Behind the scenes Ashley was allegedly micromanaging the assault. A chat log recovered from Schichtel's hard drive shows Ashley admonishing his subordinate to stay on top of his portion of the attack: "u gotta keep ane [sic] eye on it...cuz they could null route the ip and change the dns...and it would be back up." When Schichtel asks, "what did they do to you?," Ashley replies with an answer fit for Tony Soprano. "[F]---ing with us...well, a customer."
In December, the alleged DDoS conspirators' informal relationship became more corporate, when Echouafni purchased CIT/FooNet from Ashley, and kept Ashley on as network administrator at $120,000 a year salary. Ashley, in turn, formally hired Hall to perform "security" for the company -- which the FBI suggests was a euphemism for launching more DDoS attacks against Echouafni's enemies.
In Feburary, Echouafni -- now the boss -- phoned Hall directly to order an attack on a new target, according to the government: another satellite T.V. retailer called Expert Satellite. Hall dutifully launched a SYN flood against the new victim, but the results didn't please his CEO; Echouafni contacted Hall repeatedly to inform him that the site had resurfaced, and to express his disappointment. "Echouafni also implied that [Hall] would be fired if he did not launch the attacks," reads the affidavit
By then, law enforcement was making progress on the investigation they code named "Operation Cyberslam."
FBI cyber crime agents had spotted what appeared to be reconnaissance for the HTTP flood attacks in WeaKnees.com's October log files, originating from a shell hosting company called Unixcon. Unixcon traced the activity to an account that had been established with a stolen credit card number, but an FBI source, whose identity is protected in the affidavit, fingered U.K. resident and Unixcon administrator Lee "sorCe" Walker as the culprit.
Walker was already known to the FBI from an investigation earlier in the year, when one of Walker's IRC enemies complained that Walker had DDoSed him. The Bureau even had Walker's home address. An FBI agent traveled to the U.K. in February to accompany London police as they raided Walker, who admitted to the WeaKnees.com and RapidSatellite.com attacks, and fingered Ashley as his handler, according to the affidavit.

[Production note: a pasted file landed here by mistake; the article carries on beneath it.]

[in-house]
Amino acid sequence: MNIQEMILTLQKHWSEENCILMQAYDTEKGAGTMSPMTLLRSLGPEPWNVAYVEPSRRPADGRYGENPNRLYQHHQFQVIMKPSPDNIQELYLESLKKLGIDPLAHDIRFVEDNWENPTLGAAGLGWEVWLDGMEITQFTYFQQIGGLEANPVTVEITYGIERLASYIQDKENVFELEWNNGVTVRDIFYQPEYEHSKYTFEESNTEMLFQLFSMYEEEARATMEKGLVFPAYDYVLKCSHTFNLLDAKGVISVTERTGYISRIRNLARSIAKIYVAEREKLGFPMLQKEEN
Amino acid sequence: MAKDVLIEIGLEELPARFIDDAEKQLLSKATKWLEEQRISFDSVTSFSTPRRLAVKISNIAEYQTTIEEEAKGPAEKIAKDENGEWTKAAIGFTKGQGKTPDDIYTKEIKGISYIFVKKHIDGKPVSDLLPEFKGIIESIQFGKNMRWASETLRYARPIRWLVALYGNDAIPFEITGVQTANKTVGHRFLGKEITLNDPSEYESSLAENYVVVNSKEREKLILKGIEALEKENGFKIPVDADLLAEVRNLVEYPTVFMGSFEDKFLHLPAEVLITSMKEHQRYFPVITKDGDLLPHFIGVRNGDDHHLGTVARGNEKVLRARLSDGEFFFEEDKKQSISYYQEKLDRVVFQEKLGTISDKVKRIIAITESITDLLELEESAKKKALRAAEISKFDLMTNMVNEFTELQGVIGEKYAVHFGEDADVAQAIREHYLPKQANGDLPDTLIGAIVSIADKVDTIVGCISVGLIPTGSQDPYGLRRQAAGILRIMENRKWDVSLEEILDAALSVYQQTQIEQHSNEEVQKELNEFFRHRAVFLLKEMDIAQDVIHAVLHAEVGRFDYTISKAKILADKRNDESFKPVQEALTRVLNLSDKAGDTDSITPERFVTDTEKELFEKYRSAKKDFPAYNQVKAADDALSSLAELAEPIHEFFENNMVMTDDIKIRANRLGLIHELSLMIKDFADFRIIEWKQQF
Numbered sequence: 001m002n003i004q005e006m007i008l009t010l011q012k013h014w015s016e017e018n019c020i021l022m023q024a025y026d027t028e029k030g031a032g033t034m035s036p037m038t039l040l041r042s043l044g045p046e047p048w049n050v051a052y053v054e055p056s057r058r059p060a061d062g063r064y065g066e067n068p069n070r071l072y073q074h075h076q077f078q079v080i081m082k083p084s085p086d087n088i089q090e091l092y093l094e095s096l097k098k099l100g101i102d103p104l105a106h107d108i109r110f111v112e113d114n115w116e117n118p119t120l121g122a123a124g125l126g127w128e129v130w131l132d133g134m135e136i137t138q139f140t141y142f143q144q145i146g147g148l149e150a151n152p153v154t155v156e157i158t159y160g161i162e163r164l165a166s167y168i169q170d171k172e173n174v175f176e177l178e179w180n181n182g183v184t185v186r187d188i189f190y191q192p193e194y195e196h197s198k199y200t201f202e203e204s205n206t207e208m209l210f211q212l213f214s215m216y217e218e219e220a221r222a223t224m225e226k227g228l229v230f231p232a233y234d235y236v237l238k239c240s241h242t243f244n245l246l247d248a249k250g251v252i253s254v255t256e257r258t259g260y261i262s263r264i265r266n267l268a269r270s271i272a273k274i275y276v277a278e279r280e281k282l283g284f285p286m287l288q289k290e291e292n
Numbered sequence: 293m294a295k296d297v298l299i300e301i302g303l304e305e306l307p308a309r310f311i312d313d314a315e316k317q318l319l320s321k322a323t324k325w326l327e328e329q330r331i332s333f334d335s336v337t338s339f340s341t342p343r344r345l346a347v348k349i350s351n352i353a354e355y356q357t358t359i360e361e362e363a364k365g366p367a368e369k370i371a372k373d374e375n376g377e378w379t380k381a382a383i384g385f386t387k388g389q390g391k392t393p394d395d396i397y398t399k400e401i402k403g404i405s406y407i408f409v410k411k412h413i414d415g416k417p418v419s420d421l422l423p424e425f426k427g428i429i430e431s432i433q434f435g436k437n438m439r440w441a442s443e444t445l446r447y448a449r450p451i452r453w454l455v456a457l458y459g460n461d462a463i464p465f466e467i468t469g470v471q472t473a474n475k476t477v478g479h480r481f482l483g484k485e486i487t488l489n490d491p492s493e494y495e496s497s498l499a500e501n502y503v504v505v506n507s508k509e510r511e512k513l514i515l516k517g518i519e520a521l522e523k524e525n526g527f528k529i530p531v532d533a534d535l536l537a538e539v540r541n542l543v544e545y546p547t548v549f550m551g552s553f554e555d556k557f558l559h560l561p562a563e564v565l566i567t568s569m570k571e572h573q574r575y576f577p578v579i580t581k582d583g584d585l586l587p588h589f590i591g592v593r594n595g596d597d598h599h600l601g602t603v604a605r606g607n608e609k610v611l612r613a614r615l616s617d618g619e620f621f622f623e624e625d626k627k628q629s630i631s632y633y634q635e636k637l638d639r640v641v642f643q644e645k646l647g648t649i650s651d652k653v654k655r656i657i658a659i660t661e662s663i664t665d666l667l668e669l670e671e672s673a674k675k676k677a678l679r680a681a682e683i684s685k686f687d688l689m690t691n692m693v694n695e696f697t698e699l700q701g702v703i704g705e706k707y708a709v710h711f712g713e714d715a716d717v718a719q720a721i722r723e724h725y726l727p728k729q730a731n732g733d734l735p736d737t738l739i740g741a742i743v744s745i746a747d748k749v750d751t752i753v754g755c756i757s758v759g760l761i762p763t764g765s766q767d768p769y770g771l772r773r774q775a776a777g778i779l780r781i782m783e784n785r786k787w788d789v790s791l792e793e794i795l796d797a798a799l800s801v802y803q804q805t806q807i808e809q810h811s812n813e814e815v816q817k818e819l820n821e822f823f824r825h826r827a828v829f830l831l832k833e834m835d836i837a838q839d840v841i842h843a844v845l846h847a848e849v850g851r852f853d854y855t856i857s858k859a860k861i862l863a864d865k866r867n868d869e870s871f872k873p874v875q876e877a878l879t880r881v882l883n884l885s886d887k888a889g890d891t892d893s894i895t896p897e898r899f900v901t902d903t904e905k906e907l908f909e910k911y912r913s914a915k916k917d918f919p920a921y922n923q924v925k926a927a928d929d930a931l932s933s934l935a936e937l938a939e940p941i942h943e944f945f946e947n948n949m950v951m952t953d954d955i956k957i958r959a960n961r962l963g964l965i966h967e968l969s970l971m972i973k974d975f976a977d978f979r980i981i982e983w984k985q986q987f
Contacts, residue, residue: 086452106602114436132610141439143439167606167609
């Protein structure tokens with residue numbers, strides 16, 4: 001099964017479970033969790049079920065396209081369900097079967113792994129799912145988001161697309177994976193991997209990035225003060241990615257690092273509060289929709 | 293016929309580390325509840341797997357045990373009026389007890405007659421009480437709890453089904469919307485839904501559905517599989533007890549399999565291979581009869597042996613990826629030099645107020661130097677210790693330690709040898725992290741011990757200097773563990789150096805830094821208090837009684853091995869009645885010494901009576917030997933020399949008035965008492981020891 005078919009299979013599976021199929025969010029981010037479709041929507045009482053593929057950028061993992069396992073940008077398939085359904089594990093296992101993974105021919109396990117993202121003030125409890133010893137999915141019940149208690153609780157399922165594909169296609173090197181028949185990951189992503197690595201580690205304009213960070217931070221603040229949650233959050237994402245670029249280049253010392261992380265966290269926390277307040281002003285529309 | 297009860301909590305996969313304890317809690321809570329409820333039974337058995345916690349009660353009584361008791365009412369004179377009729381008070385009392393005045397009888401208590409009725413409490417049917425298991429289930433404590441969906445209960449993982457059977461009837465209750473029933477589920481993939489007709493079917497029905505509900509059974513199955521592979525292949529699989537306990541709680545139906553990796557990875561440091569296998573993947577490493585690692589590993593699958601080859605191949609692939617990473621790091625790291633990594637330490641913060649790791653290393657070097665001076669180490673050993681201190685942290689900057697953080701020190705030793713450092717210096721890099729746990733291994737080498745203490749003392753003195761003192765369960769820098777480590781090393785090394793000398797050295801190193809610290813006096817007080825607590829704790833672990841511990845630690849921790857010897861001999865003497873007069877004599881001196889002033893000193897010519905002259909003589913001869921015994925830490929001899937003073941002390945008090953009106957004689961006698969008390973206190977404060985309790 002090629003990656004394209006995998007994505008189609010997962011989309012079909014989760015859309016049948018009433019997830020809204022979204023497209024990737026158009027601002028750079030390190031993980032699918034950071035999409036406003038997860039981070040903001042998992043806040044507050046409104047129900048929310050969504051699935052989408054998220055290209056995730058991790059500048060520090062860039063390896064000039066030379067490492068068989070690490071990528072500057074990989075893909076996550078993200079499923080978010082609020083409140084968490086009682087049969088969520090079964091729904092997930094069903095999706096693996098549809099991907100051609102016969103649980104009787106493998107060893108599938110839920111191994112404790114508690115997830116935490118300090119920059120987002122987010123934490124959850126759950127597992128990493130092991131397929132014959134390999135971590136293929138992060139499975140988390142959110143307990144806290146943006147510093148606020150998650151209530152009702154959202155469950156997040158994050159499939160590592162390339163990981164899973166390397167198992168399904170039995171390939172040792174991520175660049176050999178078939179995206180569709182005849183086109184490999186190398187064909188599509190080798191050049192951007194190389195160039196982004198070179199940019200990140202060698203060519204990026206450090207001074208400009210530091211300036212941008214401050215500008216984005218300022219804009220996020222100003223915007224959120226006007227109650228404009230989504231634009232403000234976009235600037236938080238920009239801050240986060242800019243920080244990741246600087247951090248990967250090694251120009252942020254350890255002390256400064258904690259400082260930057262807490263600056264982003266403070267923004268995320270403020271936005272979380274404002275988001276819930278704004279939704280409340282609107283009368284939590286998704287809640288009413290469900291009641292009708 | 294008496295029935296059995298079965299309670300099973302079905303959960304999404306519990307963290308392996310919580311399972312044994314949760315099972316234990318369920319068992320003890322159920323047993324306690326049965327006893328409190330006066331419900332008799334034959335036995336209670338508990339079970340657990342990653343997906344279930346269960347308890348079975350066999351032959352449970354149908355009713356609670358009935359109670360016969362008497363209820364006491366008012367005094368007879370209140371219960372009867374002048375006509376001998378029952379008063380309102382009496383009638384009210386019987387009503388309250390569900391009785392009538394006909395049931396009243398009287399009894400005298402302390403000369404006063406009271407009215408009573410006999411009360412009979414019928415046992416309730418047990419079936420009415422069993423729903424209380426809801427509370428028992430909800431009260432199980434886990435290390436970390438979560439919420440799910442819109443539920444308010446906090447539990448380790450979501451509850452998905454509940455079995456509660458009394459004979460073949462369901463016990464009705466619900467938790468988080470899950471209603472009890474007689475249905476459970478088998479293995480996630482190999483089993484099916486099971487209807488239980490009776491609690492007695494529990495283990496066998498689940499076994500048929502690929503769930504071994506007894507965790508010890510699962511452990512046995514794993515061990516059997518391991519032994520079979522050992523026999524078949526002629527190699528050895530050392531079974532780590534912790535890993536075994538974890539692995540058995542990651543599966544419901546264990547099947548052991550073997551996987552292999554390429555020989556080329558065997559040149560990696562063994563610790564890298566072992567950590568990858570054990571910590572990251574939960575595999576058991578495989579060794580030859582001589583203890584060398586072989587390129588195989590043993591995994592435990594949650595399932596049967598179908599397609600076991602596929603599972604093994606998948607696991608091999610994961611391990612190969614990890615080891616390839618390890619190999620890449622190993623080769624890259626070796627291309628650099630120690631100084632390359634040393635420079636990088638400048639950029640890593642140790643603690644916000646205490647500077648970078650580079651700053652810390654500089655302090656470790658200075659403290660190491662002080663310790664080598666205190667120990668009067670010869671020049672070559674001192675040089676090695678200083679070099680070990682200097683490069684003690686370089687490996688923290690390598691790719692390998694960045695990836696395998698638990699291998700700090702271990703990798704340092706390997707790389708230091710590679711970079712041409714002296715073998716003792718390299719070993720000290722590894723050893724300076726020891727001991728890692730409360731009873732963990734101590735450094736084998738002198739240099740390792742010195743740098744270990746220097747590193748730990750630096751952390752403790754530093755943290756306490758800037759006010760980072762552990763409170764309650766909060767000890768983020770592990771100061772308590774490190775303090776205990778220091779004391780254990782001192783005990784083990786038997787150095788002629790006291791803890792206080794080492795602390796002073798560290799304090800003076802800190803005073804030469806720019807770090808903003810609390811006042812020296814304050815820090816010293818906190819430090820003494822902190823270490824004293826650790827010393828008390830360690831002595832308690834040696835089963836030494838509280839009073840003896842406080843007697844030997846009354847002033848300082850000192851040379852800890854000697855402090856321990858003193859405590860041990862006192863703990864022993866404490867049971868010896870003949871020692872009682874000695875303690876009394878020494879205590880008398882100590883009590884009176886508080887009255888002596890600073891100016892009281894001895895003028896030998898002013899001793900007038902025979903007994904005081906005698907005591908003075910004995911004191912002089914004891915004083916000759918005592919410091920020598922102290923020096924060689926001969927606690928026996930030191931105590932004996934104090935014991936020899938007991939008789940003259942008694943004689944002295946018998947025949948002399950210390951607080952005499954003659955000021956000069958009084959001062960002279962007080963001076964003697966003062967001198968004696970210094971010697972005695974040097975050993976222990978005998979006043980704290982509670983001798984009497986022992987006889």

The Bureau raided Ashley's home on Valentine's day. Before they hauled away CIT/FooNet's servers -- an act that would briefly cause controversy in the hosting community -- Ashley allegedly admitted to the attacks, and named all three of his cyber button men and Echouafni. Echouafni was arrested in Massachusetts, and released on $750,000 bail secured by his house. "We've alleged in the indictment that Echouafni was the manager, organizer and leader of the group," says assistant U.S. attorney Arif Alikhan, head of the Los Angeles computer crimes section, who's prosecuting the case.
He's also missing. According to court records, last month Echouafni's attorney won a motion to permit Echouafni's wife and children to "travel freely within and outside of the United States of America," and to have their passports returned. That was Echouafni's last action in court: the government says he's disappeared, and officials believe he's likely in Morocco. "He's a native of Morocco, and he was arrested in March as he returned from Morocco into the U.S.," says the FBI's Harrill. Echouafni's attorney did not return a phone call.
The Echouafni investigation was one of a handful of cases specifically cited Thursday by U.S. Attorney General John Ashcroft in announcing what the Justice Department called "Operation Web Snare -- a tallying of over 150 recent and ongoing federal criminal cases relating to computers or identity theft. Ashcroft said the case illustrates "the increased use of the Internet to damage rival businesses and communicate threats for commercial advantage."
"I think it's the first case of its kind involving a DDoS for commercial advantage or for hire," says Alikhan. "There are DDoS attacks all the time organized on IRC, but this is certainly the first case where you have a corporate executive who was using the services of another person to launch attacks against competitors."